So that the manner in which the above recited features, advantages and objects of the present invention are attained and can be understood in detail, more particular description of the invention, briefly summarized above, may be had by reference to the embodiments thereof which are illustrated in the appended drawings.
It is to be noted, however, that the appended drawings illustrate only typical embodiments of this invention and are therefore not to be considered limiting of its scope, for the invention may admit to other equally effective embodiments.
The single drawing is a cell having spaced anode and cathode members with an electrolyte therebetween wherein water is supplied for the electrolyte, and hydrogen and oxygen are liberated by operation of the cell at a pressure capable of filling a large oxygen storage container.
Attention is directed to the only view of the drawings where the numeral 10 identifies the two electrodes and sandwiched electrolyte therebetween which make up the electrolysis cell of the present disclosure. The reaction in the cell will be described first and certain features of the surrounding and adjacent support structure will also be given so that the operation of the system can be more readily understood. Moreover, it will be described in the context of continuous operation so that water and electricity are supplied to the cell and oxygen and hydrogen gases are liberated. The process further contemplates the capture of the oxygen which is accumulated in a storage vessel at high pressures, pressures as high as 6,000 psi. This cell also incorporates a gas delivery system communicating from the cell to such a storage vessel.
The present apparatus is constructed of spaced terminals, one being a planar porous anode and the other being a tubular solid metal cathode. Physically, they are spaced evenly so that a chamber is defined therebetween to receive the electrolyte. The two terminals are either rectangular or circular. If circular, they can be enclosed within a common cylindrical housing and have been illustrated in this fashion. At one end of the housing, hydrogen gas is liberated. At the other end of the housing, oxygen gas is liberated. The disposition of the two gases will be described later. It is sufficient to note for purposes of the present description that a cylindrical housing encloses the two electrodes and the electrolyte therebetween and is provided with a pair of terminals for convenient connection to a DC power supply providing a DC voltage of sufficient measure and current flow of sufficient magnitude that the necessary amount of oxygen is generated.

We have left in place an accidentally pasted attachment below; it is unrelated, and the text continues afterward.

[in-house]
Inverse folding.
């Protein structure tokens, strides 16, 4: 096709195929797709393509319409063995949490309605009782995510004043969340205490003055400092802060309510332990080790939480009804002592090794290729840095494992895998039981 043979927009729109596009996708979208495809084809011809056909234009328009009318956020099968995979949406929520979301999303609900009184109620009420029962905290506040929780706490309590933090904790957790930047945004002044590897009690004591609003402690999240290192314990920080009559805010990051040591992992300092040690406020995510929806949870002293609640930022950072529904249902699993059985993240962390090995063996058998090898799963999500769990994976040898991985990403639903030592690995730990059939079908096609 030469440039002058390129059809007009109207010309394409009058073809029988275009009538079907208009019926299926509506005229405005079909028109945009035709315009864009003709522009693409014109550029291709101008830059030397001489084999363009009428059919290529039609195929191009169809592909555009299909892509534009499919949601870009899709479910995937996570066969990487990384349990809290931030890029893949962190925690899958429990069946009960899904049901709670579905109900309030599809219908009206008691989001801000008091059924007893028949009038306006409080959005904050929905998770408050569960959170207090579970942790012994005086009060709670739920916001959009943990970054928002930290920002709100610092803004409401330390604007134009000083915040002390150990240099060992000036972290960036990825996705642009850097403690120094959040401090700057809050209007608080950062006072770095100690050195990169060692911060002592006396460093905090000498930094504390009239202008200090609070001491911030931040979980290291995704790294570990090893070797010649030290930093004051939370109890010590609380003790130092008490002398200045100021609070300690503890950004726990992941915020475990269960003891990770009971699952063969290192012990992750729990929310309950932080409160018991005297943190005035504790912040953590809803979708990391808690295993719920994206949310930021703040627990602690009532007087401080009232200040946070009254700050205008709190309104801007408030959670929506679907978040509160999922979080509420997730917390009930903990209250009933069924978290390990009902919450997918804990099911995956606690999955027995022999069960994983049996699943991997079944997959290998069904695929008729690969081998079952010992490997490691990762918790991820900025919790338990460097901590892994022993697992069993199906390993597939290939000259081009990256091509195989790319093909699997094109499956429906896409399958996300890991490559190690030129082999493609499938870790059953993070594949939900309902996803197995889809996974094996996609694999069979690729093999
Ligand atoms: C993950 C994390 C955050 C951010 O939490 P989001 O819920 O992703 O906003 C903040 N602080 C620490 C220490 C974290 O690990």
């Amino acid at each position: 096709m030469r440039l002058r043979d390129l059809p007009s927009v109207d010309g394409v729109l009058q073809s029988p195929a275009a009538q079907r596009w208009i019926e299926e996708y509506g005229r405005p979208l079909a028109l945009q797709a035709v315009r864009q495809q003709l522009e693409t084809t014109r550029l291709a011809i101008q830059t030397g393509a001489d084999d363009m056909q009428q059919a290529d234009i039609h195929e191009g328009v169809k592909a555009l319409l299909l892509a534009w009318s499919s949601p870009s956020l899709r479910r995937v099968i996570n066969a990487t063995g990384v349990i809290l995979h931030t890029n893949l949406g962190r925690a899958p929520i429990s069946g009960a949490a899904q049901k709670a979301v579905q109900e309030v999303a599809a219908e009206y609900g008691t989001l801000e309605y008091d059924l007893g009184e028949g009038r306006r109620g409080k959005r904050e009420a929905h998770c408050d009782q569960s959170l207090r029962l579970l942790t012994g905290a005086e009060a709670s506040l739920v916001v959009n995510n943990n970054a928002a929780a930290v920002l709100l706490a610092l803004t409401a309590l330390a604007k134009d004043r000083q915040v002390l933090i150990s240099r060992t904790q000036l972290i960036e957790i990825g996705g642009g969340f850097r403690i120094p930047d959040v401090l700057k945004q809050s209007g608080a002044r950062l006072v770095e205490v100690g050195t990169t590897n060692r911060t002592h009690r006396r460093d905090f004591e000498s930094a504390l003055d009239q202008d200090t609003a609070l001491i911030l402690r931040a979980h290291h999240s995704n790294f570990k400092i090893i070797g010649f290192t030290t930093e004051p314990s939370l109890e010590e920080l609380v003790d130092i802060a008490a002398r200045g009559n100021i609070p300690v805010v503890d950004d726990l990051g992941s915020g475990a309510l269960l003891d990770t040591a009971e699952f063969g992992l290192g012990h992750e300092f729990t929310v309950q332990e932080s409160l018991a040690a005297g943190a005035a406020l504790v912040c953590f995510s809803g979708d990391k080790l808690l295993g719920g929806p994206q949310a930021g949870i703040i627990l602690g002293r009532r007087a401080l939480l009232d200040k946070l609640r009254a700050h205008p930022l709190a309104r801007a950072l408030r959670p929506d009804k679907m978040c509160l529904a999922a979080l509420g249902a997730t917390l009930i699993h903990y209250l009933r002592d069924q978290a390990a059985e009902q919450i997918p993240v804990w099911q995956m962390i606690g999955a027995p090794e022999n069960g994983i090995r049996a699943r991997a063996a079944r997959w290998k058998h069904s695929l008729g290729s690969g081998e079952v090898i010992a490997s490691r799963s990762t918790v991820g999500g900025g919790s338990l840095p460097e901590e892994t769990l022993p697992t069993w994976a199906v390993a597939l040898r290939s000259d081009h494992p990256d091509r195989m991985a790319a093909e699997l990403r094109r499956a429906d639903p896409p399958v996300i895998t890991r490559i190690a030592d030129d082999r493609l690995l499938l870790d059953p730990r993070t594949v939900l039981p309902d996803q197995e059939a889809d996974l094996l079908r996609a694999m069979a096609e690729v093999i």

Speaking in particular about the cell, the cell 10 incorporates a porous anode 11 and an electrolyte region 12 which is between the anode 11 and a solid metal cathode 13. The two terminals are connected with a power supply 14 which provides DC current through a pair of illustrated electrical connections. The current flow is directed through the illustrated terminals. Typically, the voltage of the power supply need only be in the range of one and one half to four volts. Typically, the current provided by the power supply must be sufficient to provide an appropriate current density. Current densities can run as high as about 50 amps/ft2 or approximately 50 Ma/cm2. Preferably, the cell 12 is filled with either potassium or sodium hydroxide in water solution, and the water is replenished during operation. To this end, the system incorporates a water tank 15 which is connected with a pump 16 which delivers water through a check valve 17 into the cell 12. The check valve assures that water does not leak out of the electrolytic cell. Thus, the pump is operated at a pressure sufficiently high to overcome any backpressure which is encountered during operation of the system.
In the preferred embodiment, the cathode 13 is a solid metal member which is primarily made of palladium. During operation, hydrogen is formed in the vicinity of the cathode 13 and it is initially deposited on the surface of the palladium cathode. It typically will have an ionic form which associates with palladium atoms of the solid cathode to thereby form a palladium-hydride transition complex. Structurally, the palladium is formed into the solid metal structure which, at the atomic level, defines a crystalline lattice. This therefore enables hydrogen ions to diffuse through the solid metal cathode 13 by progressive association from atom to atom within the lattice work so that hydrogen ions will diffuse across the thickness of the solid metal cathode 13. As individual ions migrate across, they are ultimately exposed on the remote surface of the cathode 13 and thereby combine to form H2 for gaseous collection. In one important sense, the cathode serves as a solid metal. In this sense, the cathode serves as a solid metal barrier which is porous to the hydrogen ions but which is not permeable to hydrogen or oxygen molecules as will be described. The solid metal member therefore enables a pressure differential to be established across the cell. Thus, the hydrogen is collected as free hydrogen gas (H2 in form) at the exposed face 18 and is conducted away through appropriate conduits 19 for storage or other disposition. It is recovered at a modest pressure level. That is, the hydrogen flow at 19 has only a modest pressure drive behind it. This pressure drive derives from the rate at which hydrogen is produced by the system, and that is generally a scale factor which depends on the surface area of the terminals in the cell 10 and the current density.
The solid metal cathode is primarily palladium. It can be formed as pure palladium, but the preferred form is to place it in an alloy with sufficient palladium content to assure permeability in the crystalline lattice for the migration of the hydrogen ions. To this end, it can be a relatively simple or complex alloy. Care should be taken that the alloy which makes up the cathode has the appropriate electrochemical activity relative to the anode for operation in the system.